This volume discusses the interface between human development and socio-cultural processes by exploring the writings of Gerard Duveen, an internationally renowned figure, whose untimely death left a void in the fields of socio-developmental psychology, cultural psychology, and research into social representations.
Duveen’s original and comprehensive approach continues to offer fresh insight into core theoretical, methodological and empirical problems in contemporary psychology. In this collection the editors have carefully selected Duveen’s most significant papers to demonstrate the innovative nature of his contribution to developmental, social and cultural psychology.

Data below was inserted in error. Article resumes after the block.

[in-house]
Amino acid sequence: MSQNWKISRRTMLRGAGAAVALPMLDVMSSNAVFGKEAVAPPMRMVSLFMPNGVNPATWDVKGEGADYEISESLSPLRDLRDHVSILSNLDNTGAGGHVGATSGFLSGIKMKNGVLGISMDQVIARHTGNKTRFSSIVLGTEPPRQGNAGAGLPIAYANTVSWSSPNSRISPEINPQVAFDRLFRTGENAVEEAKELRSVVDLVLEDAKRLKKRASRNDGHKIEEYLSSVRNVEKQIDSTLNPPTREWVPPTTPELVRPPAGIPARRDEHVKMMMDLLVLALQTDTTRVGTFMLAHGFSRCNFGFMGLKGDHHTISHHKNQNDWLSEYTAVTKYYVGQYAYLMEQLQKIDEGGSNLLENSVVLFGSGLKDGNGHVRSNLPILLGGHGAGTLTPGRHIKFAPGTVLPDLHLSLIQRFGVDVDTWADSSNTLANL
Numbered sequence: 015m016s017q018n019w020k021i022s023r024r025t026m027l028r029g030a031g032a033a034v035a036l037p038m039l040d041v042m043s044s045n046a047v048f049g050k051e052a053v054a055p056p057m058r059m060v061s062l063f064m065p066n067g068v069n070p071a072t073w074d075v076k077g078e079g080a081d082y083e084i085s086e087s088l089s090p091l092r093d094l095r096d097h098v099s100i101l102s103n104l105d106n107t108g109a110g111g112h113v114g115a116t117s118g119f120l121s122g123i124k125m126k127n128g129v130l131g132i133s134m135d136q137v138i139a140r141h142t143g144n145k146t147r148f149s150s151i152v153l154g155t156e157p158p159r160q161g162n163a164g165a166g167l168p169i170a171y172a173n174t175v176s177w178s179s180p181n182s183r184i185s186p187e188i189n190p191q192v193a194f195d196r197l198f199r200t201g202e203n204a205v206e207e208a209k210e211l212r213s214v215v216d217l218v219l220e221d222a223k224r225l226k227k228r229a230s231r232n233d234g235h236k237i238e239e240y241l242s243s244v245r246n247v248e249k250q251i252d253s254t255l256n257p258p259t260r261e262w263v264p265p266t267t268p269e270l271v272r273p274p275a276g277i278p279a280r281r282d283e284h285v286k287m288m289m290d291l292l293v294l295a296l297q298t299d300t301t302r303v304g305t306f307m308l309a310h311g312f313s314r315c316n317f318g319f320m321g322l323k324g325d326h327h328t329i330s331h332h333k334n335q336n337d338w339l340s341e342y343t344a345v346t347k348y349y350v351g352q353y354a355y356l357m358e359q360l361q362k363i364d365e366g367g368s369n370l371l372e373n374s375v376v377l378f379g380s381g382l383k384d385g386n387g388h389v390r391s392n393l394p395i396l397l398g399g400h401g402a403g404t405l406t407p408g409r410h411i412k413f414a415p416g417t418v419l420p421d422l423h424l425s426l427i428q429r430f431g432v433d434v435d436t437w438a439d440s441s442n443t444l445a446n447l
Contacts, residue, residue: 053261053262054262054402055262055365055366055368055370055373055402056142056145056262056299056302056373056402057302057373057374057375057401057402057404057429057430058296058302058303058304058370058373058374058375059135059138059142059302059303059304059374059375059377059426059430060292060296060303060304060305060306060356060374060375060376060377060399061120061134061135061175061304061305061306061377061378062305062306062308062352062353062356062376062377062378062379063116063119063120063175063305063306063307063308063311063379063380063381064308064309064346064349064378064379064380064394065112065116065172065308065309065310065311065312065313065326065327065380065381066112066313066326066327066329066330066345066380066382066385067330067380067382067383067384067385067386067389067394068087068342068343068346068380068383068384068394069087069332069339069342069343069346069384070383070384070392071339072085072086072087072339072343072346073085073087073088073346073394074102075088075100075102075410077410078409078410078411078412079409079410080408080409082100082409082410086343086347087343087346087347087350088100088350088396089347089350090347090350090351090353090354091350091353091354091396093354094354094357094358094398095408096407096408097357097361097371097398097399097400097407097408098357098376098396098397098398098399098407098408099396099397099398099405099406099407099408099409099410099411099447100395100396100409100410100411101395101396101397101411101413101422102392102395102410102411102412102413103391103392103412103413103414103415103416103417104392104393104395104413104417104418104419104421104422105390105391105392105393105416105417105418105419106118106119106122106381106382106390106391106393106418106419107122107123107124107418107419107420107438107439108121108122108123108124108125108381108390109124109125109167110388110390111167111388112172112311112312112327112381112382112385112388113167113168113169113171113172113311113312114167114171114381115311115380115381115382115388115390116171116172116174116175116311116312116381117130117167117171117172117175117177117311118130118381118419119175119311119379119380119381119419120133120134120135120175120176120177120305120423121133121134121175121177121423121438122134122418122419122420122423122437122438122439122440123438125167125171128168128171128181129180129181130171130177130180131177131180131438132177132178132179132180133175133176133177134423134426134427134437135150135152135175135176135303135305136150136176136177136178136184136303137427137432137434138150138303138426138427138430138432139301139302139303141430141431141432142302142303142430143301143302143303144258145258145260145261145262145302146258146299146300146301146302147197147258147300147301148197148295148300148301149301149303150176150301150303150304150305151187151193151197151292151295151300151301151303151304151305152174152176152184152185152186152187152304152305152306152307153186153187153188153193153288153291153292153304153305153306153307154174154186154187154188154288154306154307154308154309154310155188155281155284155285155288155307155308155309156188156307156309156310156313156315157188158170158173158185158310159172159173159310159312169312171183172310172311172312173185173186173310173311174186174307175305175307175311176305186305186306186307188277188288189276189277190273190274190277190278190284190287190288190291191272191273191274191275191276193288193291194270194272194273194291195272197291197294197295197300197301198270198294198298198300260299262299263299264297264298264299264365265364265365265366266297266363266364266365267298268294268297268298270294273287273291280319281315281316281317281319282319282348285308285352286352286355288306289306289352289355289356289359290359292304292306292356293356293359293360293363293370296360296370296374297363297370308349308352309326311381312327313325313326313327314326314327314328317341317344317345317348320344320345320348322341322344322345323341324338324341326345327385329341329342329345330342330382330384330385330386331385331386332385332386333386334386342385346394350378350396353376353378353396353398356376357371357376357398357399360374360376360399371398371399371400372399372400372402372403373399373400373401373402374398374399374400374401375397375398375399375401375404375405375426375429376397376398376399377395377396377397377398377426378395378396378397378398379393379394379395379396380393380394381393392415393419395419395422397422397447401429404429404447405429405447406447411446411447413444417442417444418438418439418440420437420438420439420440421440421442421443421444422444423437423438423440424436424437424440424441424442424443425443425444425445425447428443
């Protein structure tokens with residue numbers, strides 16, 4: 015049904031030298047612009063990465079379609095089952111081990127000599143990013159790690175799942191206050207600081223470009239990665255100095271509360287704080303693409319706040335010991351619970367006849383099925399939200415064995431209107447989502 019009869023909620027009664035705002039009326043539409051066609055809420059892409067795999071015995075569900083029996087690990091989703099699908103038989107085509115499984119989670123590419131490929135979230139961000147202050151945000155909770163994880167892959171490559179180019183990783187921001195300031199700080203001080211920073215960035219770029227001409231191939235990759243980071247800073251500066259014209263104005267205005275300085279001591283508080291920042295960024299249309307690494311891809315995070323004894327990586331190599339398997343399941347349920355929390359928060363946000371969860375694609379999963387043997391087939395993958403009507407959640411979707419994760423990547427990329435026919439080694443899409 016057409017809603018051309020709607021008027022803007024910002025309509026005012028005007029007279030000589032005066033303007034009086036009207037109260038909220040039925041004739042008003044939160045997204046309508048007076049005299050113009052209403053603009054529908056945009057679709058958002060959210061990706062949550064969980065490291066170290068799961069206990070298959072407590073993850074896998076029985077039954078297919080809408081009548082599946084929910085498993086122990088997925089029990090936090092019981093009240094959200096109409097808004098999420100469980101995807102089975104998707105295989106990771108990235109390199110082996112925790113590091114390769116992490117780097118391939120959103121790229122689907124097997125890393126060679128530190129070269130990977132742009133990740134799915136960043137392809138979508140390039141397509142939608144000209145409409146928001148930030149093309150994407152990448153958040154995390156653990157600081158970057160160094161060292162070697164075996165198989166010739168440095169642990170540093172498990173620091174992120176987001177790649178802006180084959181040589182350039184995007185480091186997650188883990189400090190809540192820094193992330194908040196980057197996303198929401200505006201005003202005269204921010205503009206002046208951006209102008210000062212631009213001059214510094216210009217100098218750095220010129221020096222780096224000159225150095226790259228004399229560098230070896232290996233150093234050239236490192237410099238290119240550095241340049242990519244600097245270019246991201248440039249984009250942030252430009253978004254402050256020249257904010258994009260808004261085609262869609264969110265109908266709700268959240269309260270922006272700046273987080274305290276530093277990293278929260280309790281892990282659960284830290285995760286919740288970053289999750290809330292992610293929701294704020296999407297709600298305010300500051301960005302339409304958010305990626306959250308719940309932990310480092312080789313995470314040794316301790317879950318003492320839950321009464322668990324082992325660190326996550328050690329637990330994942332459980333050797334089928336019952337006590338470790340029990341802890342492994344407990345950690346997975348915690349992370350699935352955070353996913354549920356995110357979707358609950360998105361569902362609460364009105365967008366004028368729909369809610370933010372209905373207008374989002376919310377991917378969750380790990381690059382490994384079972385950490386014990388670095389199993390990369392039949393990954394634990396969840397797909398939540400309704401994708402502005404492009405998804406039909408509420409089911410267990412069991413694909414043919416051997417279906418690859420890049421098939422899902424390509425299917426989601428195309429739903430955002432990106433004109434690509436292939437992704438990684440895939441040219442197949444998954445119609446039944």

Divided into three sections, the book includes:
• Duveen’s engagement with Jean Piaget
• the role of social life in human development and the making of cognition
• social representations and social identities.
Introduced with chapters from Serge Moscovici, Sandra Jovchelovitch and Brady Wagoner, this book presents previously unpublished papers, as well as chapters available in English
for the first time.